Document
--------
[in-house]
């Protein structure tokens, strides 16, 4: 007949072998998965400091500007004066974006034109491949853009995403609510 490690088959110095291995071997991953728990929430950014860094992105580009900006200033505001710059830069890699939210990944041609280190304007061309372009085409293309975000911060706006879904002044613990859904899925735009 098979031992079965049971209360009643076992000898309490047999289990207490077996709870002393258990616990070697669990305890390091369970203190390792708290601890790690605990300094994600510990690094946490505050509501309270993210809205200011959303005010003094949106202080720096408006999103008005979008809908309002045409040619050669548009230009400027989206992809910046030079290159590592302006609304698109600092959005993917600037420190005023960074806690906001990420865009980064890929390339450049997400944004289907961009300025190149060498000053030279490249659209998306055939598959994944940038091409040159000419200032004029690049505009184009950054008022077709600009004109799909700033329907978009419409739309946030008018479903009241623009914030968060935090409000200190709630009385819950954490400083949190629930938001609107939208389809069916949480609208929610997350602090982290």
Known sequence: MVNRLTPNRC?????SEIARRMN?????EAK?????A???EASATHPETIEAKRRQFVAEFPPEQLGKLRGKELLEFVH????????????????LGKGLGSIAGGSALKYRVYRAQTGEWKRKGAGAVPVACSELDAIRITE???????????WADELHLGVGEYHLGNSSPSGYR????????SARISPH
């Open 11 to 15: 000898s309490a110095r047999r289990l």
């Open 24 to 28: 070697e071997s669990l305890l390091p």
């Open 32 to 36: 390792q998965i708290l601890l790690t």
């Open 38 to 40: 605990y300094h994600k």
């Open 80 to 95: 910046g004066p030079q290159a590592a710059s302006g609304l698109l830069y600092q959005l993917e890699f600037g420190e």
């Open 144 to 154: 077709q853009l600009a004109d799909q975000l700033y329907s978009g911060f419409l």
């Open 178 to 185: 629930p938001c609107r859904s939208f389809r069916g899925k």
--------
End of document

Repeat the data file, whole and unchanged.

[in-house]
């Protein structure tokens, strides 16, 4: 007949072998998965400091500007004066974006034109491949853009995403609510 490690088959110095291995071997991953728990929430950014860094992105580009900006200033505001710059830069890699939210990944041609280190304007061309372009085409293309975000911060706006879904002044613990859904899925735009 098979031992079965049971209360009643076992000898309490047999289990207490077996709870002393258990616990070697669990305890390091369970203190390792708290601890790690605990300094994600510990690094946490505050509501309270993210809205200011959303005010003094949106202080720096408006999103008005979008809908309002045409040619050669548009230009400027989206992809910046030079290159590592302006609304698109600092959005993917600037420190005023960074806690906001990420865009980064890929390339450049997400944004289907961009300025190149060498000053030279490249659209998306055939598959994944940038091409040159000419200032004029690049505009184009950054008022077709600009004109799909700033329907978009419409739309946030008018479903009241623009914030968060935090409000200190709630009385819950954490400083949190629930938001609107939208389809069916949480609208929610997350602090982290």
Known sequence: MVNRLTPNRC?????SEIARRMN?????EAK?????A???EASATHPETIEAKRRQFVAEFPPEQLGKLRGKELLEFVH????????????????LGKGLGSIAGGSALKYRVYRAQTGEWKRKGAGAVPVACSELDAIRITE???????????WADELHLGVGEYHLGNSSPSGYR????????SARISPH
């Open 11 to 15: 000898s309490a110095r047999r289990l």
């Open 24 to 28: 070697e071997s669990l305890l390091p």
């Open 32 to 36: 390792q998965i708290l601890l790690t």
């Open 38 to 40: 605990y300094h994600k």
């Open 80 to 95: 910046g004066p030079q290159a590592a710059s302006g609304l698109l830069y600092q959005l993917e890699f600037g420190e």
């Open 144 to 154: 077709q853009l600009a004109d799909q975000l700033y329907s978009g911060f419409l």
């Open 178 to 185: 629930p938001c609107r859904s939208f389809r069916g899925k």